Only school districts and charter schools that are at, or below, the 90th percentile of per-pupil funding rates of school districts under the old funding system are eligible for ERT payments. An LEA eligible to receive ERT payments will receive one-eighth of its payment in 2013–14, two-eighths of its payment in 2014–15, and so on, following this pattern until it has reached its full amount in 2020–21, at which time the ERT payment will become a permanent add-on to the LEA’s LCFF formula funding.
LEAs may also continue to receive funding from categorical programs that were not eliminated as a part of the LCFF including, but not limited to, Child Nutrition, Mandates Block Grant, State Preschool, and Special Education.
LEAs should consult with their COEs, or authorizers, for assistance in calculating their unique funding levels under the LCFF.
How do 2013–14 LCFF funding levels compare to 2012–13 funding levels?
The 2013 Budget Act provides $2.067 billion in new funding for school districts and charter schools and $32 million for COEs to support the first-year implementation of the LCFF. In 2013–14, LEAs will receive roughly the same amount of funding they received in 2012–13 plus an additional amount each year to bridge the gap between 2012–13 funding levels and the 2013–14 LCFF target levels. In future years, additional funding will be provided to eventually enable each LEA to achieve its unique LCFF target funding level. Some school districts and charter schools will also receive economic recovery target payments if their undeficited 2012–13 funding levels are greater than their 2013–14 LCFF targets.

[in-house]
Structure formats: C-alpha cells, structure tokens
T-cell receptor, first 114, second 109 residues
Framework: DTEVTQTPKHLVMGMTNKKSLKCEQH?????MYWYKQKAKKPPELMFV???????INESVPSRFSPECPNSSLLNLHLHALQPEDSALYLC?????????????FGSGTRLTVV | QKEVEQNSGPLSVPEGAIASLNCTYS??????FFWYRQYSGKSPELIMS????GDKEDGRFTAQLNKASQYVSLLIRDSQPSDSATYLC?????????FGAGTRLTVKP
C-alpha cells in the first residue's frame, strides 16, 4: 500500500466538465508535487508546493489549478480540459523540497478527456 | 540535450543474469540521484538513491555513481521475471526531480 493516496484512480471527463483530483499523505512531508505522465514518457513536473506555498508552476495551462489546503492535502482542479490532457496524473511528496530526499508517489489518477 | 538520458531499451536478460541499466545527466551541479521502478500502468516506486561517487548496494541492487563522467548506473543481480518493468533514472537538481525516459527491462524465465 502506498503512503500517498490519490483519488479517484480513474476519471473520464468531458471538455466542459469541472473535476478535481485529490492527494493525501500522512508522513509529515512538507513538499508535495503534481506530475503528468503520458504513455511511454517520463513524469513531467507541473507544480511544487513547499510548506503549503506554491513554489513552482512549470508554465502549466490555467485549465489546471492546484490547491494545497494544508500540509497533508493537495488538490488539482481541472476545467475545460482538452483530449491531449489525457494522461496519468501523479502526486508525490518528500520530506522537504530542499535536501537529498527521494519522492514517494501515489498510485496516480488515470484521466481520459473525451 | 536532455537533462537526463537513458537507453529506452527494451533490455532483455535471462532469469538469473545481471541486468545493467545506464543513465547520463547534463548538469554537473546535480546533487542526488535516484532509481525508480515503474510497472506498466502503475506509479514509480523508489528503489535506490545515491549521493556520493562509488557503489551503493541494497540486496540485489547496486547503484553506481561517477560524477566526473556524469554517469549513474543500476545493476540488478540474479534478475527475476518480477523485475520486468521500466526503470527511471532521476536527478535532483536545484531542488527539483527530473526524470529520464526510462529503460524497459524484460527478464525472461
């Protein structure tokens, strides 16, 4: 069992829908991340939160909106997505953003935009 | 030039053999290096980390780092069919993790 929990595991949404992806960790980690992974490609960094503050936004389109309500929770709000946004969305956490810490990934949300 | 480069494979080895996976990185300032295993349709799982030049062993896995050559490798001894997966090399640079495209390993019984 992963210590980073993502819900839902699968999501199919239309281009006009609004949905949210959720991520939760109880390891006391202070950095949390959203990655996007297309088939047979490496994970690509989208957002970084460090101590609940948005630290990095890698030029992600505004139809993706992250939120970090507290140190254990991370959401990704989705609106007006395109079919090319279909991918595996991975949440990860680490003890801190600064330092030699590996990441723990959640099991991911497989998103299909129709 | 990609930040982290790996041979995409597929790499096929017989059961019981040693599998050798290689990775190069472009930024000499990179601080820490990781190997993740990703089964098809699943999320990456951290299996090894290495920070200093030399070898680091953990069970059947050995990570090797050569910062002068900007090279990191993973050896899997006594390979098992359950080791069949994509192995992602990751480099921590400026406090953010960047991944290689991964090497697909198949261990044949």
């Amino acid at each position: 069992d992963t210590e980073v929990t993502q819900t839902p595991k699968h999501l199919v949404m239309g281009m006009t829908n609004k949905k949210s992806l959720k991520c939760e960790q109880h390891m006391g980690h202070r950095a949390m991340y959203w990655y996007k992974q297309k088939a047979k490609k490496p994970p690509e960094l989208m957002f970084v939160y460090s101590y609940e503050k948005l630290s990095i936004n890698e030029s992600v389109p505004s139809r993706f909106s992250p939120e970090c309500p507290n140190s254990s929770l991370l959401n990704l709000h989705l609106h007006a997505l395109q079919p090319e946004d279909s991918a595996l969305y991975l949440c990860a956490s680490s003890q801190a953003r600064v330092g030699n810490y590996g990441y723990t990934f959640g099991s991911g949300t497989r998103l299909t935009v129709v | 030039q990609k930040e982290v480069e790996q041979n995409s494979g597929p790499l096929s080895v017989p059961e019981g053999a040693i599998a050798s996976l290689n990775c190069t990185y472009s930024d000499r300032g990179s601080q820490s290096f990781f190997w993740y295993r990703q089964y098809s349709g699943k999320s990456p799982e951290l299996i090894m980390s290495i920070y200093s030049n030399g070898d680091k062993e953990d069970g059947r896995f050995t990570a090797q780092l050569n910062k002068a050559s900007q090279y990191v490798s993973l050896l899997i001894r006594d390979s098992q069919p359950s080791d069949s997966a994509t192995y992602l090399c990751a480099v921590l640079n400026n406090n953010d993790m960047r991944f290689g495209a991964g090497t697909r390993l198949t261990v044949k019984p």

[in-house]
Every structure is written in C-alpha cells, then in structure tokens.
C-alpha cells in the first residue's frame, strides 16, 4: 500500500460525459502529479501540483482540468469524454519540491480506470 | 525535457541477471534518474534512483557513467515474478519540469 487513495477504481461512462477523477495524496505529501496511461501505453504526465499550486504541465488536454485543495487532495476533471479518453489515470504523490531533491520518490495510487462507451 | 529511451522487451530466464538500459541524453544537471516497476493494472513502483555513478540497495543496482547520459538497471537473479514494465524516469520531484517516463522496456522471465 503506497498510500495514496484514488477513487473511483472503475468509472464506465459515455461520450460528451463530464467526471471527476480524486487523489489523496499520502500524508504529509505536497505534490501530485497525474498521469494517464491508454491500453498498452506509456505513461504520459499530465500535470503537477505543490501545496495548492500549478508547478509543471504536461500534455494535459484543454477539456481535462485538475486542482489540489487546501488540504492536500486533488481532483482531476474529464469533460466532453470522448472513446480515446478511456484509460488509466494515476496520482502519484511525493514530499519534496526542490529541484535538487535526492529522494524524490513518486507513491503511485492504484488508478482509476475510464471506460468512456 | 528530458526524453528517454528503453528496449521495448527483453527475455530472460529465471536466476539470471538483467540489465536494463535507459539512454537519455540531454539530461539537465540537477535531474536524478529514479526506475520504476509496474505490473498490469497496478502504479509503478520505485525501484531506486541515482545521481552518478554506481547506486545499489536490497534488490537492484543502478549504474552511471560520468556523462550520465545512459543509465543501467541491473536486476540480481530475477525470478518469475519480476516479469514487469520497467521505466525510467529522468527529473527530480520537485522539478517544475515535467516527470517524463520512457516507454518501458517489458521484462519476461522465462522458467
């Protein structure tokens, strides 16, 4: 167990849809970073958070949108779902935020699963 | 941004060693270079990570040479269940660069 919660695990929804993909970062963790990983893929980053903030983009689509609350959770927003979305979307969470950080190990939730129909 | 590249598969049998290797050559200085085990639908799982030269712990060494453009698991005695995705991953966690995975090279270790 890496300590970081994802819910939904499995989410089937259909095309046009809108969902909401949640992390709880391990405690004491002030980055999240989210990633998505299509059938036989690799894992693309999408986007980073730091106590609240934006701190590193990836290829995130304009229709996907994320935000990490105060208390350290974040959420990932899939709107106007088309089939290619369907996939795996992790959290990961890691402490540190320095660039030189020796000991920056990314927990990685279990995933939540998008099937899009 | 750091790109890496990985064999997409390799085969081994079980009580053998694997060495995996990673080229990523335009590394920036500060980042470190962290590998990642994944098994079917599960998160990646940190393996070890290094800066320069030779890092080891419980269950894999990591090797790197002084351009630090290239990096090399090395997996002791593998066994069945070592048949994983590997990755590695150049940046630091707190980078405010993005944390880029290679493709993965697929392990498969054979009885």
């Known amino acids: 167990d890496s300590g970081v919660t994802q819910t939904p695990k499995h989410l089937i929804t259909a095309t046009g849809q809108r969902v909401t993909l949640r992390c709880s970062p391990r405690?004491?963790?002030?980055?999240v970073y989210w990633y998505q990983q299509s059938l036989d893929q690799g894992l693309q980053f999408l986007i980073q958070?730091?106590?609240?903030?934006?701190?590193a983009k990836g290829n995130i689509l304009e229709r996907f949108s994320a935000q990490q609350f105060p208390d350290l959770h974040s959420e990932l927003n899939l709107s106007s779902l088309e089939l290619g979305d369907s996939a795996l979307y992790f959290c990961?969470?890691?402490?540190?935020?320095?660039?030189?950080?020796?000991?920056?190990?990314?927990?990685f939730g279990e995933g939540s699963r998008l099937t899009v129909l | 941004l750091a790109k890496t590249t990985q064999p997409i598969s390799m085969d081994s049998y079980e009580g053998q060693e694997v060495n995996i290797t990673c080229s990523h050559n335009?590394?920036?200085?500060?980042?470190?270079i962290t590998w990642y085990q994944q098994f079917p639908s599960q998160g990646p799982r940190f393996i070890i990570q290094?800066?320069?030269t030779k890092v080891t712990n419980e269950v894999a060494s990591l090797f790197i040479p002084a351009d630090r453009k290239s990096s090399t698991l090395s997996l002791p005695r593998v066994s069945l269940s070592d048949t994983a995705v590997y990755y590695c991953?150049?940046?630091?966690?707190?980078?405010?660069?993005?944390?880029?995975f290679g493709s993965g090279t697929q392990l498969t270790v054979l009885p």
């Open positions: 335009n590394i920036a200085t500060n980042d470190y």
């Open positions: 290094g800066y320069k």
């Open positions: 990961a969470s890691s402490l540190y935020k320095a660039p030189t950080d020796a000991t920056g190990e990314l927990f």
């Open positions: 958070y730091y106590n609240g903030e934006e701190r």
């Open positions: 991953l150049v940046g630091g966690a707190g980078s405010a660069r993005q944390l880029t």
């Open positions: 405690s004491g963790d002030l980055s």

How will funds be apportioned under LCFF?
LCFF funding will be distributed using the existing Principal Apportionment system. The California Department of Education (CDE) anticipates completing the necessary system changes required to implement the new formula in time for the Second Principal Apportionment for 2013–14, which will be released in July 2014. This apportionment will be based on data collected in fall 2013 (enrollment-related data from CALPADS) and spring 2014 (attendance and tax data from the Principal Apportionment Revenue and Attendance Data Collection Software) and will reflect the total amount allocated to each LEA under the LCFF for 2013–14. The Second Principal Apportionment will “true up” the amounts provided in the Advance Apportionment (July 2013) and First Principal Apportionment (February 2014), which will not be fully based on the LCFF formula. (Please review the “Local Control Funding Formula Fact Sheet”)